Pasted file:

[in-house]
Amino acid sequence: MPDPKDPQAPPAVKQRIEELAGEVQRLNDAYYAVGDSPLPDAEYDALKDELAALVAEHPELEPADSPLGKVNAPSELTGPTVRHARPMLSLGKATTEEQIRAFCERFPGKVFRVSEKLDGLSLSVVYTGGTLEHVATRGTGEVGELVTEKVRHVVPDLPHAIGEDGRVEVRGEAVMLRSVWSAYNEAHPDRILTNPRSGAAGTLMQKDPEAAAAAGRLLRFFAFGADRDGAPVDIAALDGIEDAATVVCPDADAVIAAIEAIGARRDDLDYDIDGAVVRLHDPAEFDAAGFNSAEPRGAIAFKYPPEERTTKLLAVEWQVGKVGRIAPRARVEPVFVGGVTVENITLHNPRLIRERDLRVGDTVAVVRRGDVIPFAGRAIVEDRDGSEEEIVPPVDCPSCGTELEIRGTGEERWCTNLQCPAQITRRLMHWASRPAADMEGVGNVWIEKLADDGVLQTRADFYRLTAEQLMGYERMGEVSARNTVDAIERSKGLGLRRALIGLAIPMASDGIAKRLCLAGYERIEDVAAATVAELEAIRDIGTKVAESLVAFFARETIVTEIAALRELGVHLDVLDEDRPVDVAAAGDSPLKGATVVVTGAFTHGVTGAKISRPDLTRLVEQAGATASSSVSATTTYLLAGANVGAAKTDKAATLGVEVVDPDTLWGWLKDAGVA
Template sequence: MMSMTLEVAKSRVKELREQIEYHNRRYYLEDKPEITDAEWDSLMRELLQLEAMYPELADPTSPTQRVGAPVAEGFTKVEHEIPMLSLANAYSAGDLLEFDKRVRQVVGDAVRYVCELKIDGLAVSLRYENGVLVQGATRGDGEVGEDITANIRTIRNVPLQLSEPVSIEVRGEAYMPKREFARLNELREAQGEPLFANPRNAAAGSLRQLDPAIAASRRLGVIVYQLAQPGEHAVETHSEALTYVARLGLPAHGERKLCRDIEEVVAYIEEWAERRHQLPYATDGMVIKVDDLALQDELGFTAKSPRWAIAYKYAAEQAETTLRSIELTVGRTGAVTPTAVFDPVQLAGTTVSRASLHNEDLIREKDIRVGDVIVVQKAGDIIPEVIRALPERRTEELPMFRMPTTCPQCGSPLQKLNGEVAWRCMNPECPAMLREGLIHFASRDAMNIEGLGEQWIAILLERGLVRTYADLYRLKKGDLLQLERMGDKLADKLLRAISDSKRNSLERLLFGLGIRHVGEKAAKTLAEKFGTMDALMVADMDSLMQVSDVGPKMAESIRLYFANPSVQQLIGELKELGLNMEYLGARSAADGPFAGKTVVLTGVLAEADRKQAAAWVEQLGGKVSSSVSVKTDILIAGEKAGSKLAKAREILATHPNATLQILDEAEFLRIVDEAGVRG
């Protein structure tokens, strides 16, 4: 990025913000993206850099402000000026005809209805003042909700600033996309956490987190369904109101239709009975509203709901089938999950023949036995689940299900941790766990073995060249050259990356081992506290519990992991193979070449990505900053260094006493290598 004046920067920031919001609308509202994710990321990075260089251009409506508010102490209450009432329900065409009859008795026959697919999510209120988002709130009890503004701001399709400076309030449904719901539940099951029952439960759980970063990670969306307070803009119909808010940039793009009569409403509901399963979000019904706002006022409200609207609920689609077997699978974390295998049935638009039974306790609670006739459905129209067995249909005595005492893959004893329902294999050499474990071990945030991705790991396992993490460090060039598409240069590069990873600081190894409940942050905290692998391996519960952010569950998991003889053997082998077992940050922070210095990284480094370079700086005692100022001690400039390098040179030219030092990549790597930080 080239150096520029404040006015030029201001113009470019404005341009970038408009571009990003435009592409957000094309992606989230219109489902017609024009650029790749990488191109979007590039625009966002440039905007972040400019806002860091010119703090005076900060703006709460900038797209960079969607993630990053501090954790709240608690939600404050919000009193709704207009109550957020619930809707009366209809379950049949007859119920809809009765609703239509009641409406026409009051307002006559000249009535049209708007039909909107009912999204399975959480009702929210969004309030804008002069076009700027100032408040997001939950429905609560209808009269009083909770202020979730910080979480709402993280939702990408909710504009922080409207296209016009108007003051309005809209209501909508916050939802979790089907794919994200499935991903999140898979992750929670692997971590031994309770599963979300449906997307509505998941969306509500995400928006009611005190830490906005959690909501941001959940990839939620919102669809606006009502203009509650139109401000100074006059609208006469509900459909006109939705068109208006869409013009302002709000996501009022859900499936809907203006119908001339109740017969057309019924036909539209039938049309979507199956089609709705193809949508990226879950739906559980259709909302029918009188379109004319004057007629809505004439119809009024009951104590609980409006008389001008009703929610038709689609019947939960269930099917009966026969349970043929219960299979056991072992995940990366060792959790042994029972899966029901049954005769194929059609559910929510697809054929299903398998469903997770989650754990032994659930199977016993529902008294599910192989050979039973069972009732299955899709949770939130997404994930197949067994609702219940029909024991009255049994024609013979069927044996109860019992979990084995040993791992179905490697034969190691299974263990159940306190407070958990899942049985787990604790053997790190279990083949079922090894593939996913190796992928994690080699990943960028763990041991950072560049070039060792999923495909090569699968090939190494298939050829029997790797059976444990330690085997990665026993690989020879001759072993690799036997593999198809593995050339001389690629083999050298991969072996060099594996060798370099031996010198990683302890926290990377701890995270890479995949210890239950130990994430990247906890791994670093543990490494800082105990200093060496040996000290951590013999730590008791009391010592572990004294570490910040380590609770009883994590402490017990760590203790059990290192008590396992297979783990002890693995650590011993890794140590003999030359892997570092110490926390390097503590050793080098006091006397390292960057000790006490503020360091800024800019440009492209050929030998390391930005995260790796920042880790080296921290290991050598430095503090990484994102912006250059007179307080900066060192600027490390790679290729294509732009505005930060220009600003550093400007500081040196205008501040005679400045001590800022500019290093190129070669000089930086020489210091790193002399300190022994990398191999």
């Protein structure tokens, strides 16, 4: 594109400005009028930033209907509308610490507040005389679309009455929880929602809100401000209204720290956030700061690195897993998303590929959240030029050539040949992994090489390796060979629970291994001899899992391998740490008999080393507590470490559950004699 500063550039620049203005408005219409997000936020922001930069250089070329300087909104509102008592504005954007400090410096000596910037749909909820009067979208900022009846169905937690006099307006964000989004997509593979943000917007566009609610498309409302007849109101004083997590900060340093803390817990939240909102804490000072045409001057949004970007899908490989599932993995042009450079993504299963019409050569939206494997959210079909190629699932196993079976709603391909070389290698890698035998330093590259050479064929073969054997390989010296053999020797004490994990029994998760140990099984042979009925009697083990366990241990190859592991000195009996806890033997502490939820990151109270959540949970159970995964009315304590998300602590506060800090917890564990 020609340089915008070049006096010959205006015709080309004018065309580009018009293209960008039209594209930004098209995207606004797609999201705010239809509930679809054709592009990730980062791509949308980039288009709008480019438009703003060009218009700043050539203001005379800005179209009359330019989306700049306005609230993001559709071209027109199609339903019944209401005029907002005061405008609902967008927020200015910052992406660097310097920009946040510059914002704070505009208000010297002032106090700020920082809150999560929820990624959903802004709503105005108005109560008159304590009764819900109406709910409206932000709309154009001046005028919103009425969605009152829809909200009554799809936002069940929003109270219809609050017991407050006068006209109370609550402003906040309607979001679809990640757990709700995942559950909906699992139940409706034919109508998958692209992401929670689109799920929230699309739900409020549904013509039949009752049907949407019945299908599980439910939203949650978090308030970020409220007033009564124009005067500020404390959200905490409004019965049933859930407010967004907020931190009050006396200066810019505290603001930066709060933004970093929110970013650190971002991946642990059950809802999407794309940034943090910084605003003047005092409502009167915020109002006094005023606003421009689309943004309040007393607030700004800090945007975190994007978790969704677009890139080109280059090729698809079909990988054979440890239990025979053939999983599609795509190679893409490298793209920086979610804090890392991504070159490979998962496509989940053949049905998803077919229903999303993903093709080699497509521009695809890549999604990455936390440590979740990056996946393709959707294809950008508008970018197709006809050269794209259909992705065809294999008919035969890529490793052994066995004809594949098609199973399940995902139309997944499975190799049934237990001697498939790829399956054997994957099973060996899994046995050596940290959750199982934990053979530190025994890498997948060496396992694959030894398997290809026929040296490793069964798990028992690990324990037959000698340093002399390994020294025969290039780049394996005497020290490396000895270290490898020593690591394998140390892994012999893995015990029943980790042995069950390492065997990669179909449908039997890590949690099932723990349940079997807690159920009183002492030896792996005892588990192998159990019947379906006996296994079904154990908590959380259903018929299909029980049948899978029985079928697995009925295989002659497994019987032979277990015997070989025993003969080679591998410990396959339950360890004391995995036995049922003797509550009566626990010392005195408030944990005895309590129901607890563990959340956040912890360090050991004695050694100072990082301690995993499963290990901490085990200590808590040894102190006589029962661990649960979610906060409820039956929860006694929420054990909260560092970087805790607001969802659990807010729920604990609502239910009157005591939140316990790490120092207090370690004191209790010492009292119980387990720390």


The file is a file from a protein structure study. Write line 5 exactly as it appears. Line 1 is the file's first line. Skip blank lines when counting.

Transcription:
């Protein structure tokens, strides 16, 4: 594109400005009028930033209907509308610490507040005389679309009455929880929602809100401000209204720290956030700061690195897993998303590929959240030029050539040949992994090489390796060979629970291994001899899992391998740490008999080393507590470490559950004699 500063550039620049203005408005219409997000936020922001930069250089070329300087909104509102008592504005954007400090410096000596910037749909909820009067979208900022009846169905937690006099307006964000989004997509593979943000917007566009609610498309409302007849109101004083997590900060340093803390817990939240909102804490000072045409001057949004970007899908490989599932993995042009450079993504299963019409050569939206494997959210079909190629699932196993079976709603391909070389290698890698035998330093590259050479064929073969054997390989010296053999020797004490994990029994998760140990099984042979009925009697083990366990241990190859592991000195009996806890033997502490939820990151109270959540949970159970995964009315304590998300602590506060800090917890564990 020609340089915008070049006096010959205006015709080309004018065309580009018009293209960008039209594209930004098209995207606004797609999201705010239809509930679809054709592009990730980062791509949308980039288009709008480019438009703003060009218009700043050539203001005379800005179209009359330019989306700049306005609230993001559709071209027109199609339903019944209401005029907002005061405008609902967008927020200015910052992406660097310097920009946040510059914002704070505009208000010297002032106090700020920082809150999560929820990624959903802004709503105005108005109560008159304590009764819900109406709910409206932000709309154009001046005028919103009425969605009152829809909200009554799809936002069940929003109270219809609050017991407050006068006209109370609550402003906040309607979001679809990640757990709700995942559950909906699992139940409706034919109508998958692209992401929670689109799920929230699309739900409020549904013509039949009752049907949407019945299908599980439910939203949650978090308030970020409220007033009564124009005067500020404390959200905490409004019965049933859930407010967004907020931190009050006396200066810019505290603001930066709060933004970093929110970013650190971002991946642990059950809802999407794309940034943090910084605003003047005092409502009167915020109002006094005023606003421009689309943004309040007393607030700004800090945007975190994007978790969704677009890139080109280059090729698809079909990988054979440890239990025979053939999983599609795509190679893409490298793209920086979610804090890392991504070159490979998962496509989940053949049905998803077919229903999303993903093709080699497509521009695809890549999604990455936390440590979740990056996946393709959707294809950008508008970018197709006809050269794209259909992705065809294999008919035969890529490793052994066995004809594949098609199973399940995902139309997944499975190799049934237990001697498939790829399956054997994957099973060996899994046995050596940290959750199982934990053979530190025994890498997948060496396992694959030894398997290809026929040296490793069964798990028992690990324990037959000698340093002399390994020294025969290039780049394996005497020290490396000895270290490898020593690591394998140390892994012999893995015990029943980790042995069950390492065997990669179909449908039997890590949690099932723990349940079997807690159920009183002492030896792996005892588990192998159990019947379906006996296994079904154990908590959380259903018929299909029980049948899978029985079928697995009925295989002659497994019987032979277990015997070989025993003969080679591998410990396959339950360890004391995995036995049922003797509550009566626990010392005195408030944990005895309590129901607890563990959340956040912890360090050991004695050694100072990082301690995993499963290990901490085990200590808590040894102190006589029962661990649960979610906060409820039956929860006694929420054990909260560092970087805790607001969802659990807010729920604990609502239910009157005591939140316990790490120092207090370690004191209790010492009292119980387990720390």